It happens. You open your bank statement and realize that over the past couple of years your bank account has crept up to $50,000, $100,000 or even $200,000. It feels good to open that statement and see that cash sitting there. It means that you won’t have to worry about paying your bills. You are covered. Unfortunately, you may be hurting yourself in the long run.
I get it. It feels emotionally good to keep it as it is. However, you may be losing pace to inflation, paying others higher interest rates than you are receiving from the bank, or not investing as efficiently as possible in your future.
Each and every year, we are able to purchase less today with the same amount of money as compared to a year ago. Inflation has been very low for the last ten years, but there is no guarantee that will continue. So, if it costs $1.05 to purchase a soda today and that same soda was only $1.00 last year, you’ve lost purchasing power. (Unless you earned 5% on the bank account).
Another mistake I see clients making when it comes to holding onto cash is not paying down debt with it. If you have a loan at 4% and you are receiving 1% interest on your savings account, you are actually losing ground every month. It is better to pay off the 4% debt than to hold the cash in the bank. The disclaimer here is to make sure that you are keeping an appropriate cash reserve before making this move. I recommend that my clients hold between three and six months’ worth of their expenses in a cash reserve. Anything in excess of that, they should consider paying down debt or repositioning.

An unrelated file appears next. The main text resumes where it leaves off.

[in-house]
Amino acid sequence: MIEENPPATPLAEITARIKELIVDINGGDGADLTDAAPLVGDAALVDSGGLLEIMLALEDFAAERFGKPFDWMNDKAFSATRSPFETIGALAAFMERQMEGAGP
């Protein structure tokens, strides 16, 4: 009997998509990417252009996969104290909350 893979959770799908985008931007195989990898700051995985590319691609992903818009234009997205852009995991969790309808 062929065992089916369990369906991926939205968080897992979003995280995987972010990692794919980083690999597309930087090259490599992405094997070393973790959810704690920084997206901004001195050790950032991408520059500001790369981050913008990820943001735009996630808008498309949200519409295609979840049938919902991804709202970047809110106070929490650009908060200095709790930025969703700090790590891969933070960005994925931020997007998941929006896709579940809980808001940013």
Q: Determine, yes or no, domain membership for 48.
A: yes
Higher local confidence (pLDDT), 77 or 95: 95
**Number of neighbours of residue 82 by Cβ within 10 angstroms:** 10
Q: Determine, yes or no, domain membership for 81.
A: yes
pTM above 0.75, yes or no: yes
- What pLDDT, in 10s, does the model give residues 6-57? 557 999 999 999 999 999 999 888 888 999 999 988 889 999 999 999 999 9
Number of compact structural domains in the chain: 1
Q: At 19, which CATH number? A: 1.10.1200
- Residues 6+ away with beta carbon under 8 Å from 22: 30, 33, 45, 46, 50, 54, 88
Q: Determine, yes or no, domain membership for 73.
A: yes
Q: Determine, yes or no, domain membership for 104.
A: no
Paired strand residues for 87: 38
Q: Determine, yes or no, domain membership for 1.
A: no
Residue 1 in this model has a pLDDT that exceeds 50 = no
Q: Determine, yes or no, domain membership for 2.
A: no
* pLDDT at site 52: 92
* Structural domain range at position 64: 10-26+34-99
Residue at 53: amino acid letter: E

Are you investing efficiently in your future if you are keeping too much in cash? Consider the potential tax savings for the future if you invested in an IRA instead of leaving the cash in the bank. Could you invest in a 529 plan for your kid’s college education? What are the opportunity costs of not investing in tax efficient vehicles for your future? I have several clients that I began working with in this last year who had cash reserves north of $100,000 but who were not maxing out their pre-tax retirement savings through their employer. I had them change their contributions through their paychecks and then move cash out of savings into their checking accounts every two weeks to make up the difference in cash flow.
In conclusion, figure out what your cash reserve should be and reposition the rest to your advantage. Your future will thank you. Not sure where to start? We’d love to help.